Milan and Siena 2022

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Before leaving

  • Arriving late in Milan or departing early from Siena is not permitted. It is important for all students to be present for the entire duration of the program.
    As the first event of the program is our welcome dinner on Saturday, June 18, please arrive in Milan and check in at the Residence Zara earlier that day. If convenient for you, you can also arrive the day before, Friday, June 17; in this case, please let Prof. Erspamer know well in advance so that your room can be booked also for that night. If at all possible, select flights that arrive in Milan during the day and that would allow you to get to the Residence earlier than 8:00 PM.
  • Although rules may change by mid June, it is likely that in order to board your plane and enter Italy you will need your CDC vaccination card or other certification approved by the Italian government. Proof of vaccination may also prove necessary to access public transportation, restaurants, classrooms, and other venues while in Italy. Please store a picture of the card or certification on your phone and, if possible, download the digital vaccine card and QR code (in Massachusetts, access the new tool at MyVaxRecords.Mass.Gov; or check the websites of other states’ health departments).
    Please contact prof. Erspamer if you are unsure about the validity of your card or certification.
  • If you do not have a current passport (valid for at least three months after the last day of the program and with at least two empty ‘visa’ pages), then apply for one as soon as possible.
  • U.S. and E.U. citizens will not need to obtain a visa for their stay in Italy. Some international students (depending on nationality) may need to obtain a visa though. If that is the case, you are responsible for gathering all documentation and going to the Italian Consulate to obtain the visa. Obtaining a visa might be a lengthy process; do start it as soon as you joined the program. Please apply for a tourist visa (“short term”), not for a student visa. Click here for more information about visas.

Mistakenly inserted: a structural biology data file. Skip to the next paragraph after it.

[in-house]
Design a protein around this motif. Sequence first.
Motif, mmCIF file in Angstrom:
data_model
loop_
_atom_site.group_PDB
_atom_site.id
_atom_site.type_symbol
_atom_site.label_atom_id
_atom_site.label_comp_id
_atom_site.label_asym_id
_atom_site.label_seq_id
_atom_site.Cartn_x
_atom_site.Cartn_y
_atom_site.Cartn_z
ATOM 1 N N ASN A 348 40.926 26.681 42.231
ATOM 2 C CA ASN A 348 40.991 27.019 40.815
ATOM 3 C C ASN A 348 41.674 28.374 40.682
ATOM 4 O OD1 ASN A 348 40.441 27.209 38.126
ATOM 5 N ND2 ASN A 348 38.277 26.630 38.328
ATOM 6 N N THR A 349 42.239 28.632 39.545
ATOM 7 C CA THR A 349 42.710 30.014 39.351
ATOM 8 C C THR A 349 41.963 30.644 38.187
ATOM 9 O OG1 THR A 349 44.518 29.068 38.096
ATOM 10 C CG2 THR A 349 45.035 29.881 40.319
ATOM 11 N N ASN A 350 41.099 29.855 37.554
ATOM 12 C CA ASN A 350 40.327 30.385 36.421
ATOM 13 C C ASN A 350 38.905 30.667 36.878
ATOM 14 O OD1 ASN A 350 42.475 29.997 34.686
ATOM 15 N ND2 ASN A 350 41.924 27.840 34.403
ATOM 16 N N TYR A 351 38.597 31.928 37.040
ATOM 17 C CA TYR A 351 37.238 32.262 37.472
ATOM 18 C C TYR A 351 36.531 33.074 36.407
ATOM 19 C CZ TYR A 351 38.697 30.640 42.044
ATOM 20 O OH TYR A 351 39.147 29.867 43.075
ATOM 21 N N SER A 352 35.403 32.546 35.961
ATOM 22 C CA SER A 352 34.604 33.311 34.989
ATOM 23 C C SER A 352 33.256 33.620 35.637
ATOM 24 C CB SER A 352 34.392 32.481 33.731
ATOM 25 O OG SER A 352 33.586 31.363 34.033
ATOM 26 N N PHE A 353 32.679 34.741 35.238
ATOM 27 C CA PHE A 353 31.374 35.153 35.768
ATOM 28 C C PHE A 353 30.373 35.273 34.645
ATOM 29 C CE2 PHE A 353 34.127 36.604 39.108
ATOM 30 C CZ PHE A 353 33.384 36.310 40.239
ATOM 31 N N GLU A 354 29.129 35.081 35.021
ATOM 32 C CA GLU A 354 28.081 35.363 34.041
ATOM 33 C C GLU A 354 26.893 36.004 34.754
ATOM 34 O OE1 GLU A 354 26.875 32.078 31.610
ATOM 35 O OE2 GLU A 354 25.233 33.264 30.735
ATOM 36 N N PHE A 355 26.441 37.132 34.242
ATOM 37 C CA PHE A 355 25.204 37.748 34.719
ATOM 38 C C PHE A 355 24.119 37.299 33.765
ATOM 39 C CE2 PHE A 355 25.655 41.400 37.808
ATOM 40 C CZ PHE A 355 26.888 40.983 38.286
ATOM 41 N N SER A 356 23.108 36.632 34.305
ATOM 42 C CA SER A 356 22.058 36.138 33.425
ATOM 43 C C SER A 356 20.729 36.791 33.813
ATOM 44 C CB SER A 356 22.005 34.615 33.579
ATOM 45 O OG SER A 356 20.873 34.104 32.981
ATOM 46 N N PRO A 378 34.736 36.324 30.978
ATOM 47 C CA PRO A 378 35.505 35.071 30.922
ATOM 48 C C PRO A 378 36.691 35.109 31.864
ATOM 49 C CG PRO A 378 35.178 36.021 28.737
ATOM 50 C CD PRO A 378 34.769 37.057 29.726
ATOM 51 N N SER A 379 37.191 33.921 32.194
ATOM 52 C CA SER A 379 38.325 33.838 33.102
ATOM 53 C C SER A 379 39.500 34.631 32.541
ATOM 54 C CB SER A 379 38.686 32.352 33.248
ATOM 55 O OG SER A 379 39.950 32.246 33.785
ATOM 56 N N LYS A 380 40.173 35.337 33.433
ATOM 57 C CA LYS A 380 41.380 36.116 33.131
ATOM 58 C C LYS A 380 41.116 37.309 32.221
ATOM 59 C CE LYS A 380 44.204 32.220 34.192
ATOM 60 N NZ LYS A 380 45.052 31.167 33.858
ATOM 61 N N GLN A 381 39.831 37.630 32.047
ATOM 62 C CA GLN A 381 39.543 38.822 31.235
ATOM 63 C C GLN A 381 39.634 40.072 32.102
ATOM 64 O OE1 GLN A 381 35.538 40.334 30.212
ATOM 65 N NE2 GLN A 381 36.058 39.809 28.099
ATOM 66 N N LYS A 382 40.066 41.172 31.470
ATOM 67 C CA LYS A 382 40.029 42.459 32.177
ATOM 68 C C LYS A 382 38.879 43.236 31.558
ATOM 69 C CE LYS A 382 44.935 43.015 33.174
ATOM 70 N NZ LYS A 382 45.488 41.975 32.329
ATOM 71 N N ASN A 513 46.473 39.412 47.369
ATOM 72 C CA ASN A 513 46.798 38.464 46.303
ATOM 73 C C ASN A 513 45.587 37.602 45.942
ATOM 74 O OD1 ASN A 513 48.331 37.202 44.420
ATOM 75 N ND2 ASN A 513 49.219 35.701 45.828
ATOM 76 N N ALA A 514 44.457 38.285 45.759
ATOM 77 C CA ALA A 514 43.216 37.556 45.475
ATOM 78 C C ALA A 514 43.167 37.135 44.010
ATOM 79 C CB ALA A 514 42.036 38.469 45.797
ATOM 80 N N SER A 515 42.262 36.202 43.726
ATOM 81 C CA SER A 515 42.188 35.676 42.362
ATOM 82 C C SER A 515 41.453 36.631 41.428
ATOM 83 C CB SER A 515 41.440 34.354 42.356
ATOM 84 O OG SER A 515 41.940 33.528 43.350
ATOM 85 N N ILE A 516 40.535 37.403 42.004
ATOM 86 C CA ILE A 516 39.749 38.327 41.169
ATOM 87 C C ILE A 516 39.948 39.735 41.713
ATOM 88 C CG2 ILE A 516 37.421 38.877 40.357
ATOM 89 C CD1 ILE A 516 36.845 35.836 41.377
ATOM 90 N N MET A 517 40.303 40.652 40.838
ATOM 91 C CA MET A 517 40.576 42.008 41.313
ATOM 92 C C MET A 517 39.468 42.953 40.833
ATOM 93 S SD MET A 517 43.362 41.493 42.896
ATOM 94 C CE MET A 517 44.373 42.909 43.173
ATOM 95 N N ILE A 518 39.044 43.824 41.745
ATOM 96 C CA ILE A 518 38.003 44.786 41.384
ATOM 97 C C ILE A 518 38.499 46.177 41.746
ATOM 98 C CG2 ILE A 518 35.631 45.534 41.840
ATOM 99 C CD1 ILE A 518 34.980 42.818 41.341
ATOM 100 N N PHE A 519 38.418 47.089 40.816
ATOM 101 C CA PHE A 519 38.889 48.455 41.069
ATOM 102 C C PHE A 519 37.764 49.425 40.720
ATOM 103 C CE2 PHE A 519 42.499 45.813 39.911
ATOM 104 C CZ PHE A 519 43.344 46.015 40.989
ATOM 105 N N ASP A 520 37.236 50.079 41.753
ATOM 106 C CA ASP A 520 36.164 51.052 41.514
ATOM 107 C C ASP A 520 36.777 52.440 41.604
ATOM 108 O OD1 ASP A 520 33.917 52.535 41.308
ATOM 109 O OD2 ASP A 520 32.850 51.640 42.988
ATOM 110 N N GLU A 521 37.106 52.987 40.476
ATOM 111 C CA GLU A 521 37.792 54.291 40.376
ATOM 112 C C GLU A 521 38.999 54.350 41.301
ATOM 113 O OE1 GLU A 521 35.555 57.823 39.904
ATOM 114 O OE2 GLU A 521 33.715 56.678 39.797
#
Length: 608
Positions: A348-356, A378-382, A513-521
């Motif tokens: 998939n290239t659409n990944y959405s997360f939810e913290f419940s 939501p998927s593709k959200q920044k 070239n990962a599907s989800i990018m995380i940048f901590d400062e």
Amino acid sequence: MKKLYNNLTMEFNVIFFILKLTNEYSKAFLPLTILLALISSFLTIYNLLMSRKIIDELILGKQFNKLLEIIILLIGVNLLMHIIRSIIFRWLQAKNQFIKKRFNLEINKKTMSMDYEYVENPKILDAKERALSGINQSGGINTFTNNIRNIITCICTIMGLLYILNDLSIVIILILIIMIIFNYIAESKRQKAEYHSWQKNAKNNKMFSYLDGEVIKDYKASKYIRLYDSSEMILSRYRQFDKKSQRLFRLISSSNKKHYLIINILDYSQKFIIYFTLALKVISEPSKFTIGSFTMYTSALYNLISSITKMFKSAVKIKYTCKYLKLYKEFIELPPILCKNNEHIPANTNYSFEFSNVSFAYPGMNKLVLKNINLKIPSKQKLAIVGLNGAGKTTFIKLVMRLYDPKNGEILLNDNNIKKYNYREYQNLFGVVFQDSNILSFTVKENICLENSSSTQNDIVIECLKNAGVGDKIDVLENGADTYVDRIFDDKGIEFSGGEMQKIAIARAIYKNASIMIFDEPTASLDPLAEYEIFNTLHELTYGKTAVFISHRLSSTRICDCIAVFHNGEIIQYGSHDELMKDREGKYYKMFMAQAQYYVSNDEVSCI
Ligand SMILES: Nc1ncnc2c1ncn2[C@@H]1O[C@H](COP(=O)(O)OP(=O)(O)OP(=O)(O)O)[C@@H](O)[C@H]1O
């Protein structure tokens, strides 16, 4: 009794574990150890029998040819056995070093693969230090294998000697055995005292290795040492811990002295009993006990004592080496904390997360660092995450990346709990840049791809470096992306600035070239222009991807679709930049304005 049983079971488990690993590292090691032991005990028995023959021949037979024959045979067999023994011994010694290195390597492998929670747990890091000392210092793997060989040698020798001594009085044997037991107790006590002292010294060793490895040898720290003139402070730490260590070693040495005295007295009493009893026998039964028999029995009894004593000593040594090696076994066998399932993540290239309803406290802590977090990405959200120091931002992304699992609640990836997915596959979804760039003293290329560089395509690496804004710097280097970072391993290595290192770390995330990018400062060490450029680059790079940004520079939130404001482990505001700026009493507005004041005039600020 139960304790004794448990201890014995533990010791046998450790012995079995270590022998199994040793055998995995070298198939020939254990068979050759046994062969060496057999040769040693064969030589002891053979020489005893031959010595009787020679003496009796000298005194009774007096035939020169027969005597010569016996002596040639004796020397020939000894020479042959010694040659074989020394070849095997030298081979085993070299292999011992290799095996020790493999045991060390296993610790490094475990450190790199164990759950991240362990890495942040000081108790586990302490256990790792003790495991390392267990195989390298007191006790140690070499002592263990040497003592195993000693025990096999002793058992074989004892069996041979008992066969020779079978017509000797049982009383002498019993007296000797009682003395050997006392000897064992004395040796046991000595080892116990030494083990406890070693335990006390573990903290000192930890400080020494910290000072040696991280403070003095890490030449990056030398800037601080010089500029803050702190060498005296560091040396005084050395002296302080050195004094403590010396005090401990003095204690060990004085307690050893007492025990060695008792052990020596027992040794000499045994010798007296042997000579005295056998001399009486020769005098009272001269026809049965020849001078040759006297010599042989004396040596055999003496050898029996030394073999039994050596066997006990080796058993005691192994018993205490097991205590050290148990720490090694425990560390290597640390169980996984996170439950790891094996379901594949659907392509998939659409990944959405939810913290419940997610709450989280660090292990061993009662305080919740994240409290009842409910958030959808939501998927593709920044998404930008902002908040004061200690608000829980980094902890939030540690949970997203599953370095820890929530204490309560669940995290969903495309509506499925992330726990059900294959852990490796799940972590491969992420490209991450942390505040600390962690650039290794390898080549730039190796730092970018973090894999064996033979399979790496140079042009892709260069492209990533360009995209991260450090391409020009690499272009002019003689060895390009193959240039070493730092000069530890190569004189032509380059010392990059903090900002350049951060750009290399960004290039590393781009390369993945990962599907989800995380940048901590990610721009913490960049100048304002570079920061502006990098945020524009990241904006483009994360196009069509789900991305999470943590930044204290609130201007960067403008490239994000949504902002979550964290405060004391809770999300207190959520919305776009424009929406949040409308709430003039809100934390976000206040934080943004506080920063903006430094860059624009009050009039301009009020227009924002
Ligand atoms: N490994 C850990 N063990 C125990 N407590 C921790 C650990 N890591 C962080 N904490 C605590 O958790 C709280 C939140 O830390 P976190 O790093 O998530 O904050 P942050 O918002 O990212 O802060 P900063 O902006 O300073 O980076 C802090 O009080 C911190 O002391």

• You must have a health insurance plan that provides full coverage during your stay in Italy. If when you filled out the application you didn’t enter your own health insurance information, then you will be automatic enrolled, for a fee, in the Harvard Summer School plan.
  • If you arrive in Italy before the beginning of the program or stay after the end, be sure to have health coverage. International SOS will assist you up to a week before and a week after the official period of the program. You can purchase from them coverage and assistance for the extra days or weeks that you plan to spend in Europe.
    Download on your smartphone the International SOS Assistance App and register to it. Register your trip in MyTrips.
    Please remember to bring with you a sufficient supply of any necessary prescribed medication: in Italy you might not be able to find that medication, or it could require a prescription by an Italian doctor.
    All participants are encouraged to travel with a basic first-aid kit. It might include: aspirin or ibuprofen, antacids for stomach upset, anti-diarrhea medication, motion sickness pills, antibiotic ointment, decongestant, band-aids, sunscreen, and mosquito repellent. Mosquito repellent is particularly important, especially in Milan.
  • Students with disabilities or who have accommodation needs due to a disability must contact the Accessibility Services Office. Click here for more information.
  • Please complete all the steps and tasks required by the Summer School; for more information check this page.